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Knocking on Labor's DoorUnion Organizing in the 1970s and the Roots of a New Economic Divide$
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Lane Windham

Print publication date: 2017

Print ISBN-13: 9781469632070

Published to North Carolina Scholarship Online: January 2018

DOI: 10.5149/northcarolina/9781469632070.001.0001

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PRINTED FROM UNIVERSITY OF NORTH CAROLINA PRESS SCHOLARSHIP ONLINE (www.northcarolina.universitypressscholarship.com). (c) Copyright University of North Carolina Press, 2019. All Rights Reserved. Under the terms of the licence agreement, an individual user may print out a PDF of a single chapter of a monograph in CSO for personal use (for details see www.northcarolina.universitypressscholarship.com/page/privacy-policy).date: 18 February 2019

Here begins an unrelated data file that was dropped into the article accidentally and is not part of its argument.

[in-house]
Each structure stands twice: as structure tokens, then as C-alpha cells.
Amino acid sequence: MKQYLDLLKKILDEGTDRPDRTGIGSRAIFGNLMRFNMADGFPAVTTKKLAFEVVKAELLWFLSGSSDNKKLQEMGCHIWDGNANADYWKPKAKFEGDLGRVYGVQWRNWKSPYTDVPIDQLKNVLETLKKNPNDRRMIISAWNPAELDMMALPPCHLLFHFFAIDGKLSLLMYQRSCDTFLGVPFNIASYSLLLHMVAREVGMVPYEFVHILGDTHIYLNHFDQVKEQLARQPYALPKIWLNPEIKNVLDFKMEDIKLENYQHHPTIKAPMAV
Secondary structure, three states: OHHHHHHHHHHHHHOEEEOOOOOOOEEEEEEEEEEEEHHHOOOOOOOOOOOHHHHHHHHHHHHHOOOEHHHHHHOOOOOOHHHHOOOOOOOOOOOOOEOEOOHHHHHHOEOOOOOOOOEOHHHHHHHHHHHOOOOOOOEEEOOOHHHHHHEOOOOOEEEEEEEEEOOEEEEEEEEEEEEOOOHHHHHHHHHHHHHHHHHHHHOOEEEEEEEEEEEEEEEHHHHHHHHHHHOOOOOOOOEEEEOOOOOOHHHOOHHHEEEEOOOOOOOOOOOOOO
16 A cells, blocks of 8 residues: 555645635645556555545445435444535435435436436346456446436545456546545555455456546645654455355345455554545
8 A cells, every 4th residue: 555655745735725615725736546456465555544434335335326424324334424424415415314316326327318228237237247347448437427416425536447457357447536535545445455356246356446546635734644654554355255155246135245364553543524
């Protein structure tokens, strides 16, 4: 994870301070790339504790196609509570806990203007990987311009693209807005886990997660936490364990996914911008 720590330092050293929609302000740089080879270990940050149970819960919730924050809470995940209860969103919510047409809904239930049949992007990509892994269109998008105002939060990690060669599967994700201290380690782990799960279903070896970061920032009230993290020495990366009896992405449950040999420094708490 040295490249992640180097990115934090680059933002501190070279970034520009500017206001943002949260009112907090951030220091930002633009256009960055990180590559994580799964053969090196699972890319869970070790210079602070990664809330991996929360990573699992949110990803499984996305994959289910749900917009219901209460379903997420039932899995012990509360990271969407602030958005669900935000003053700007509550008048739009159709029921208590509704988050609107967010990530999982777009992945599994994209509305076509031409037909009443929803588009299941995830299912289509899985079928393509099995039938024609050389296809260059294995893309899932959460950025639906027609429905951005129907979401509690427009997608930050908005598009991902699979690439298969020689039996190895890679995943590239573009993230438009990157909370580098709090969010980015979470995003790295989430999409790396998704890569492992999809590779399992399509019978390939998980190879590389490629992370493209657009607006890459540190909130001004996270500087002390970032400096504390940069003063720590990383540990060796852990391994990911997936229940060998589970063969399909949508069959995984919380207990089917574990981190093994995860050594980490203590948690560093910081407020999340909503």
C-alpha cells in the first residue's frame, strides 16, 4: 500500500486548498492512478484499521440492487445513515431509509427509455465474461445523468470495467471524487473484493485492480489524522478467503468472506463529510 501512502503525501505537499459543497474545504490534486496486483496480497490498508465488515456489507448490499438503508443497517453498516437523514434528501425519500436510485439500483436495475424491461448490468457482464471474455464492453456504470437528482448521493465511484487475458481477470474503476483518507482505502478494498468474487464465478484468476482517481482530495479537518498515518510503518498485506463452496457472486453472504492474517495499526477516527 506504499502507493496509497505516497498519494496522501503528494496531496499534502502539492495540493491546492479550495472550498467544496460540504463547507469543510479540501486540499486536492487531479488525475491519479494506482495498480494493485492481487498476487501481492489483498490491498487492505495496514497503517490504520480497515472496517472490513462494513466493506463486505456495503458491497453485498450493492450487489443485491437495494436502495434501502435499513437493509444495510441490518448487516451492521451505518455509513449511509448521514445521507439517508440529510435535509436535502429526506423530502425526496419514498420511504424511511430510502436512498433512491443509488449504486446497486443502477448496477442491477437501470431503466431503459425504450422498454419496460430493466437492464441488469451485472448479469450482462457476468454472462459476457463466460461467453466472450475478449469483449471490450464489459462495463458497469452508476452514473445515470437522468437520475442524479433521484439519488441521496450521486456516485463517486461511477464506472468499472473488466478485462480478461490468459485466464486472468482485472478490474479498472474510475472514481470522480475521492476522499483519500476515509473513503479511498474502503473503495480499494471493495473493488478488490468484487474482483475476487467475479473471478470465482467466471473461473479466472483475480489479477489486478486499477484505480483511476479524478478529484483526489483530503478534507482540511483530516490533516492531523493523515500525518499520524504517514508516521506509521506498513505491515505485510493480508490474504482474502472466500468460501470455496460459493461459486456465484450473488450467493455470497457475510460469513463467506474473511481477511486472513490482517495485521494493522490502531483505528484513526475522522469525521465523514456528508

9to5

9to5

Framing a New Doorway

Chapter:
(p.152) 7 9to5
Source:
Knocking on Labor's Door
Author(s):

Lane Windham

Publisher:
University of North Carolina Press
DOI:10.5149/northcarolina/9781469632070.003.0008

This chapter is about 9to5, an association founded by women office workers in Boston in 1973 who pioneered a new form of labor organizing. The young women built on new consciousness from the women’s movement to use affirmative action suits, public opinion, and novel organizing tactics to win power in Boston’s banks, insurance companies, and universities. In 1975, the women formed a sister union, Local 925, with the Service Employees International Union (SEIU). They then replicated this dual structure on a national level by the end of the 1970s.

Keywords:   9to5, Service Employees International Union (SEIU), Local 925, Boston, Massachusetts, office and clerical workers, women’s rights, working women, affirmative action

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